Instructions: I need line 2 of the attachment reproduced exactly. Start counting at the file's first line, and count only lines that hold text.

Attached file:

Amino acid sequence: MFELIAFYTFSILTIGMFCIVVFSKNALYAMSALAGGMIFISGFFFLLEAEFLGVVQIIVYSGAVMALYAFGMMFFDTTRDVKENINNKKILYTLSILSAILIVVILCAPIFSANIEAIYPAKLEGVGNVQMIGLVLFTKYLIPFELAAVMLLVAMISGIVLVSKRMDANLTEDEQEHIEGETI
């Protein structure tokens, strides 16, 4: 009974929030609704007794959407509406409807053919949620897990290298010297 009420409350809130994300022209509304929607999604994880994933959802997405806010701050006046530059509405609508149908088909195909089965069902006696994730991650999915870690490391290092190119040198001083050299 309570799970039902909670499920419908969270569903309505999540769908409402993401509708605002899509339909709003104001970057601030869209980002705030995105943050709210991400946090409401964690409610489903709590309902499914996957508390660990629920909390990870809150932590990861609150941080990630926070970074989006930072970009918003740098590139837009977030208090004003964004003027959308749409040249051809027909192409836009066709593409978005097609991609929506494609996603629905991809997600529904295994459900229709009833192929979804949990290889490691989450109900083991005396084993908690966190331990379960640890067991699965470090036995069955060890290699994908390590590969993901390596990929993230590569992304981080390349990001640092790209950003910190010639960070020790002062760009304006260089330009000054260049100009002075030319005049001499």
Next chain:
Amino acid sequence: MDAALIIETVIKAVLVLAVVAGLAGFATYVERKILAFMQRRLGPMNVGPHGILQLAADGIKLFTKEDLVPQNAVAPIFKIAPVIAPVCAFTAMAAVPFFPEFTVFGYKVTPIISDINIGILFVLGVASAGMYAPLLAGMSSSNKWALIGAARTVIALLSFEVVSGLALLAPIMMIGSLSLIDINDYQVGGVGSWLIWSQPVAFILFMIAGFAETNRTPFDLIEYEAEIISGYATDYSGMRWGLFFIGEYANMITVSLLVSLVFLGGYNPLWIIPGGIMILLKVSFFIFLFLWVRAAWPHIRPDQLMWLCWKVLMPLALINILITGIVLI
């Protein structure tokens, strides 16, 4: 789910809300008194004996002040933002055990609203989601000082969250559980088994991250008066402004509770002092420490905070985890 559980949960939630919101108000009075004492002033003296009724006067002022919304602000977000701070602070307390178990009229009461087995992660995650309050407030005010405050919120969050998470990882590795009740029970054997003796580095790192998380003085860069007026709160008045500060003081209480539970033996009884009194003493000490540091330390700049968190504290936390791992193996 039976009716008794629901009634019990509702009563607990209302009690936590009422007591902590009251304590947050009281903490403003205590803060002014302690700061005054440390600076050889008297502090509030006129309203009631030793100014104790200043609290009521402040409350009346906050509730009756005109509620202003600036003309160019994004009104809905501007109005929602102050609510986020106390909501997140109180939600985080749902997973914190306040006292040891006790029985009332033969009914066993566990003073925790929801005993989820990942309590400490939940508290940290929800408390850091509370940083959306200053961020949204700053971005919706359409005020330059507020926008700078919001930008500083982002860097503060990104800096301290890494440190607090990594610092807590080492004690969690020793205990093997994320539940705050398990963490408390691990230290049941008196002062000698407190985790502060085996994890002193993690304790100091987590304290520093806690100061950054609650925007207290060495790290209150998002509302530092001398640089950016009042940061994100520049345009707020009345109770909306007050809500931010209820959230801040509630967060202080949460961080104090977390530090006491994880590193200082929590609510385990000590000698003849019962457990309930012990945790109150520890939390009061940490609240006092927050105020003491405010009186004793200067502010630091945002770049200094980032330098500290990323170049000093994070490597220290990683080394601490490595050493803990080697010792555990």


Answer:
């Protein structure tokens, strides 16, 4: 009974929030609704007794959407509406409807053919949620897990290298010297 009420409350809130994300022209509304929607999604994880994933959802997405806010701050006046530059509405609508149908088909195909089965069902006696994730991650999915870690490391290092190119040198001083050299 309570799970039902909670499920419908969270569903309505999540769908409402993401509708605002899509339909709003104001970057601030869209980002705030995105943050709210991400946090409401964690409610489903709590309902499914996957508390660990629920909390990870809150932590990861609150941080990630926070970074989006930072970009918003740098590139837009977030208090004003964004003027959308749409040249051809027909192409836009066709593409978005097609991609929506494609996603629905991809997600529904295994459900229709009833192929979804949990290889490691989450109900083991005396084993908690966190331990379960640890067991699965470090036995069955060890290699994908390590590969993901390596990929993230590569992304981080390349990001640092790209950003910190010639960070020790002062760009304006260089330009000054260049100009002075030319005049001499």